… And as you know, it takes literally years (multiple) to make a game. It’s going to be a little while until we’re ready to talk about what’s next.
From the sounds of that I’d bet on a big Capcom fighting game to feature in the launch windows of Microsoft and Sony’s next-gen consoles. The development time frame would fit in order to coincide with console updates towards the end of 2013. According to fan logic, the next big fighting games we’re likely to see are new Darkstalkers or Street Fighter releases (I don’t think Capcom would want to saturate the delicately-balanced market with a new Capcom vs. SNK right now). Darkstalkers would probably make more sense on current-gen hardware as I doubt Capcom would want to leave it another year or so before launching another fighting game and the projected numbers from sales from a Darkstalkers are likely to be good, but not exactly mind-blowing.
That leaves me thinking Street Fighter V will appear on the next generation of home consoles. Street Fighter is Capcom’s biggest fighting game. Capcom did well out of SSFIV launching at the same time of the Nintendo 3DS console. I’m guessing Capcom realises sales of the troubled Street Fighter x Tekken might’ve been a lot healthier on PSVita than they likely will be had it featured in the launch window of Sony’s troubled handheld console.
Street Fighter V on a new Xbox or PS4 could be amazing. While I’m not the biggest fan of the 2.5D graphics in Street Fighter IV I think Capcom did an amazing job otherwise. I don’t think they’d want to undermine their premier fighting game franchise by releasing another update to SFIV and then spend a lot of time and resources trying to hype up the FGC with news of a new Street Fighter V months later on a new console.
Capcom have made mistakes recently but in a way I’m glad they made them now *after* the release of the amazing Street Fighter IV and not while attempting to revive that franchise. Hopefully Street Fighter V will take full advantage of the power of a new console, offer enhanced online modes and ways to share in the excitement of the game (before, during and after the console has been turned on) and in launching during a new hardware window take advantage of plenty of gamers eager to buy (any) titles which test out their new hardware purchases. Capcom will know it’s a great way to attract new punters into a world they might not have bought into otherwise and then hopefully keep them there.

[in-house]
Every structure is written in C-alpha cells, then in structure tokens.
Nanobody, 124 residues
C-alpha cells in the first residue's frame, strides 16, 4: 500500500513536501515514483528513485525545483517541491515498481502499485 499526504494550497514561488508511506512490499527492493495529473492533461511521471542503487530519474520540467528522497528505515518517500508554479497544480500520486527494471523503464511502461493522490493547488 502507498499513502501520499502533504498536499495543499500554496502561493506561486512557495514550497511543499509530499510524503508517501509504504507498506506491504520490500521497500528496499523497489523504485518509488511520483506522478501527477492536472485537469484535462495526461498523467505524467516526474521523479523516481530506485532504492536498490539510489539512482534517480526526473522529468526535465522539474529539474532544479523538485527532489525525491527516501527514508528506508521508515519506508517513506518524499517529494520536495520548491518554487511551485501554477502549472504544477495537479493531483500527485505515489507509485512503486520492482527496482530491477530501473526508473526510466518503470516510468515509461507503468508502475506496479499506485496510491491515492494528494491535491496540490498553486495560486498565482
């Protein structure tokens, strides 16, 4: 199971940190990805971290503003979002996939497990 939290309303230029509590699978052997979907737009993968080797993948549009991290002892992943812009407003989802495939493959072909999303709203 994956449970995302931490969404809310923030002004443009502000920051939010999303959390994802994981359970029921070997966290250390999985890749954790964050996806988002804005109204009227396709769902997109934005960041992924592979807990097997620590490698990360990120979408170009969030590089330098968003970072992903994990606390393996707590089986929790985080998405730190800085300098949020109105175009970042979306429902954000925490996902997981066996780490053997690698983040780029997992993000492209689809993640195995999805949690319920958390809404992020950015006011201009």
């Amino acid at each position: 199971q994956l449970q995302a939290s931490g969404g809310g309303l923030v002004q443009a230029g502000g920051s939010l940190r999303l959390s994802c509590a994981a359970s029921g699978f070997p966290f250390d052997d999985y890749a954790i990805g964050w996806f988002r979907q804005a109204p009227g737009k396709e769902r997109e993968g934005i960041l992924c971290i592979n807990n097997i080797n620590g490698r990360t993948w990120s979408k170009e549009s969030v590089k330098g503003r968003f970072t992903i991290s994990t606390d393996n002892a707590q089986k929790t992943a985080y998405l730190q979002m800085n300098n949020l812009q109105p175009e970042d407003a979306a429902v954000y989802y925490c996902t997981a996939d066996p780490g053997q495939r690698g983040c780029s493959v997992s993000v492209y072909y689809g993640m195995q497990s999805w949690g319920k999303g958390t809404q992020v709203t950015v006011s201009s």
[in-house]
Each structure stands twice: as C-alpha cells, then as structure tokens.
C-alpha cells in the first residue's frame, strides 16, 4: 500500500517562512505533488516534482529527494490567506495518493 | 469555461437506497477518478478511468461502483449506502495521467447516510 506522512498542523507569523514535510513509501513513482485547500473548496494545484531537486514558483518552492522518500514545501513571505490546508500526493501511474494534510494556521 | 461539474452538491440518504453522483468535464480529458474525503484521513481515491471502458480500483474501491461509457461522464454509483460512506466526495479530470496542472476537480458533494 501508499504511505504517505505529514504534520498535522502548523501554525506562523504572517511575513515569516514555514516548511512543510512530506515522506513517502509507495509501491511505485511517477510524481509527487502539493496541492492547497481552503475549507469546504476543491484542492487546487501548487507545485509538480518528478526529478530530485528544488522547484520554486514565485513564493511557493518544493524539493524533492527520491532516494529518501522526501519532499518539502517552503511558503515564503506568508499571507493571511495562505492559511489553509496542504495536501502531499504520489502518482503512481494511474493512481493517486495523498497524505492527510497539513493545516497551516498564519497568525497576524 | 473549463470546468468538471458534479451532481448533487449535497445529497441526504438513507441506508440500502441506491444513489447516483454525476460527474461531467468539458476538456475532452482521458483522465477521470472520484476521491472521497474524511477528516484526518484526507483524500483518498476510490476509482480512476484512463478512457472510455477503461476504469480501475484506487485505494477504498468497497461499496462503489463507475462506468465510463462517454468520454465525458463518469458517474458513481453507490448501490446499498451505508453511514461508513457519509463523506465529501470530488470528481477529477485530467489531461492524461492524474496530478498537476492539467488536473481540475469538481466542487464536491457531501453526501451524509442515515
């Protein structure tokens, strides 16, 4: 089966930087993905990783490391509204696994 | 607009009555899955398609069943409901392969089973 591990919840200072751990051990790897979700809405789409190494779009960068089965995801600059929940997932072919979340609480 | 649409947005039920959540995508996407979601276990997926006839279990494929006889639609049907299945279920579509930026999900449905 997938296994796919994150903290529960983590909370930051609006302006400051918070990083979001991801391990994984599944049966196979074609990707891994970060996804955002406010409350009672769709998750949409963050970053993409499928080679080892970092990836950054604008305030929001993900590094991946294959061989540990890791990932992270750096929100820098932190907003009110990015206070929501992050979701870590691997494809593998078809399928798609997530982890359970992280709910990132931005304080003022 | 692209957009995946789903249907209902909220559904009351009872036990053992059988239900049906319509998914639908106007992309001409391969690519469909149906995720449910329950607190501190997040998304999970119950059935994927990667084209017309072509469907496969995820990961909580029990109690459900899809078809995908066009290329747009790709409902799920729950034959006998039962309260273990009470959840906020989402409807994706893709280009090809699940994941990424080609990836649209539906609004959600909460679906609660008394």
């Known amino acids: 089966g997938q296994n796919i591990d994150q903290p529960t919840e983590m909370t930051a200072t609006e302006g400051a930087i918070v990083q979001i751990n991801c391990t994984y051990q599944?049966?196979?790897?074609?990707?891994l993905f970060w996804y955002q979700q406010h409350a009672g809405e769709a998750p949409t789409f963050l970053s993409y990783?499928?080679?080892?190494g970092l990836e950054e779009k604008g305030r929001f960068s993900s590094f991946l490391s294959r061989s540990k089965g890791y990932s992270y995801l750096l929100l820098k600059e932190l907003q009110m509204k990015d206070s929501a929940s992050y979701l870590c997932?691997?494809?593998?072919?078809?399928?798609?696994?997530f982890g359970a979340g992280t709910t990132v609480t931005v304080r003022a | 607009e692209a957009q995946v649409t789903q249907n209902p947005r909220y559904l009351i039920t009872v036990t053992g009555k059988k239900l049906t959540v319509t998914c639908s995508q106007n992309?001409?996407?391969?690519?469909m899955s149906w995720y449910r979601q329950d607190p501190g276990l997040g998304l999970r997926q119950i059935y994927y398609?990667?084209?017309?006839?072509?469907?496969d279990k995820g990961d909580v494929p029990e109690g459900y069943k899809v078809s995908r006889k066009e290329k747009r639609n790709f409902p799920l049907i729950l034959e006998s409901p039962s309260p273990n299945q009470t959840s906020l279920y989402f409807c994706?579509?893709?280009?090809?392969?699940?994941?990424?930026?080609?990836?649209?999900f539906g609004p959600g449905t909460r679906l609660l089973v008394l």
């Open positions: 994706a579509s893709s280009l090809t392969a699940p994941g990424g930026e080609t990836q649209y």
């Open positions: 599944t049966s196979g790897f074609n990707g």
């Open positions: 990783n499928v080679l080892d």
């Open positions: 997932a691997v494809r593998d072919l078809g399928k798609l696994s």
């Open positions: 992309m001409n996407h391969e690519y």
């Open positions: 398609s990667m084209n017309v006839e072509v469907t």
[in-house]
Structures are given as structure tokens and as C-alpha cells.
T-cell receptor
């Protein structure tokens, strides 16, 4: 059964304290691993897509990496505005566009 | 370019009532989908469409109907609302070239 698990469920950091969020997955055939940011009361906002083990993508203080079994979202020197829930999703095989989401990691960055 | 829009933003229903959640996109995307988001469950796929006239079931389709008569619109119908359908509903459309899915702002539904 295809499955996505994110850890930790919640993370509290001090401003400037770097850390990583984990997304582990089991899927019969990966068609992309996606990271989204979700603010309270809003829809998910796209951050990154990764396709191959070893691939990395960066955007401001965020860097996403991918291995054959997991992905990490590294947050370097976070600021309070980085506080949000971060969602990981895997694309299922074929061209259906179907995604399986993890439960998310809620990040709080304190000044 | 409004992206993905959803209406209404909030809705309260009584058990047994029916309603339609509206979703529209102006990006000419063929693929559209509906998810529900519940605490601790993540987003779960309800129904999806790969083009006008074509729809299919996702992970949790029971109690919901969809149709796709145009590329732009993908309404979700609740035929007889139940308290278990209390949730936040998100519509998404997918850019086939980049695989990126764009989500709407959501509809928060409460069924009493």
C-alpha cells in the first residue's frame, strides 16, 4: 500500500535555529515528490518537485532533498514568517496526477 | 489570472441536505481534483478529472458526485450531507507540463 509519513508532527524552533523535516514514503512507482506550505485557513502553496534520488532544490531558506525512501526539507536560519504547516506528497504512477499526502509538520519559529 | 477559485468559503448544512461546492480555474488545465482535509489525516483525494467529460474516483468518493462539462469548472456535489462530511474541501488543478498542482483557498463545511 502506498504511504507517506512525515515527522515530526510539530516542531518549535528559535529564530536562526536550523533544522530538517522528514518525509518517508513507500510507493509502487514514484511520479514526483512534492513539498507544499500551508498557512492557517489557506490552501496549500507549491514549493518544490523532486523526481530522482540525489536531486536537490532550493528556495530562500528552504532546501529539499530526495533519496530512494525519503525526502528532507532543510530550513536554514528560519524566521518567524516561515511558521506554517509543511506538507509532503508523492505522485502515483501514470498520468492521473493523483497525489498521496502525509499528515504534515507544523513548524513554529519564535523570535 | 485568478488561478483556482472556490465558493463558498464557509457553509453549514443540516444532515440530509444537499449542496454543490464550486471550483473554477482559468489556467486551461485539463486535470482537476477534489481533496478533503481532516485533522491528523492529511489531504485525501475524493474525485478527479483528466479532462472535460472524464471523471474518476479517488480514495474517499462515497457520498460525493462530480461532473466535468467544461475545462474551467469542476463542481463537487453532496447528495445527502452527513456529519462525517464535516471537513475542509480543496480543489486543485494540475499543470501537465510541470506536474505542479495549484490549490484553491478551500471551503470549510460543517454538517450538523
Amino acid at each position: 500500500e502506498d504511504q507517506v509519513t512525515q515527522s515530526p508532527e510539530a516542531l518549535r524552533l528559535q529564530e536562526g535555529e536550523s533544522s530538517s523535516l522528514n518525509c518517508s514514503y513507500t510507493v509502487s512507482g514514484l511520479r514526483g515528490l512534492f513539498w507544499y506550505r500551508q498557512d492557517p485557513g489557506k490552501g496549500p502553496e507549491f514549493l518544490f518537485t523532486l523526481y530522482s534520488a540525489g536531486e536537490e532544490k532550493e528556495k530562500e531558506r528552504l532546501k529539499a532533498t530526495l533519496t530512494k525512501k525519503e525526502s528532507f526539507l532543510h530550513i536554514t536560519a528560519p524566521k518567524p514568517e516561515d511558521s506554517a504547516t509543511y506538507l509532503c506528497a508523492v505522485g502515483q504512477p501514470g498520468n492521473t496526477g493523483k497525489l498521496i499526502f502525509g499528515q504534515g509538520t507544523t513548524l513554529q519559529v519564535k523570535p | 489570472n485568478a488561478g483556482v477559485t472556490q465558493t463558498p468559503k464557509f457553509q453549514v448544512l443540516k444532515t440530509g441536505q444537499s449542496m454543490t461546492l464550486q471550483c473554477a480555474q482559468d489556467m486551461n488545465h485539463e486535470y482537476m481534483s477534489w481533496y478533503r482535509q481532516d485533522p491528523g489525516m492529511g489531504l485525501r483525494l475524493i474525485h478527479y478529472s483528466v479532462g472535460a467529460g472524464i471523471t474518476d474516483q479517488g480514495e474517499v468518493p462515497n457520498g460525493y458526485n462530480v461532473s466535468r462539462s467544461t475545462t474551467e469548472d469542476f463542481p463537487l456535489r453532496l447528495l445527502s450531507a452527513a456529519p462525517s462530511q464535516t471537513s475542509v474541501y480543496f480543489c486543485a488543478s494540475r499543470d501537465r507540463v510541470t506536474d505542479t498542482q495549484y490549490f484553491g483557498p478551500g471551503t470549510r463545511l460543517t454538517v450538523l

Interesting to hear that Street Fighter x Tekken hasn’t hit the sales targets Capcom were expecting. Can’t say I’m surprised as I’m firmly in the “disappointed” camp after buying the Special Edition version of the game (and this is from someone who absolutely loves the various flavours of Street Fighter IV).
Great discussion in the comments that are well worth reading. Trying to get something down on computer about the whole topic but brain too full right now (for a change).
Interesting article on Eurogamer on Half-Byte Loader on the PlayStation Vita. I’ve messed about with the PlayStation Suite SDK and it seems really accessible and fun to use, so it’s a shame to read about the restrictions on it towards the bottom of the article (no open source, signing contracts, etc). If the SDK terms were friendly enough towards developers I’m sure a whole range of interesting and wonderful apps would spring up for the device.
Still intregued by the Vita (even though I can’t afford one). Sony…if you’re listening… *cough*
I finally got around to doing something I’d wanted to try for a long time; to mod a joystick. I think the last time I’d touched naked electronics was back when I was 14 or 15 at school (quite a long time ago now), so the project was quite exciting (and a little bit scary). Thankfully it all went really well; I found the experience rewarding and the end result I’m very happy with. I took a series of photos outlining each of the steps, so if interested please check them out.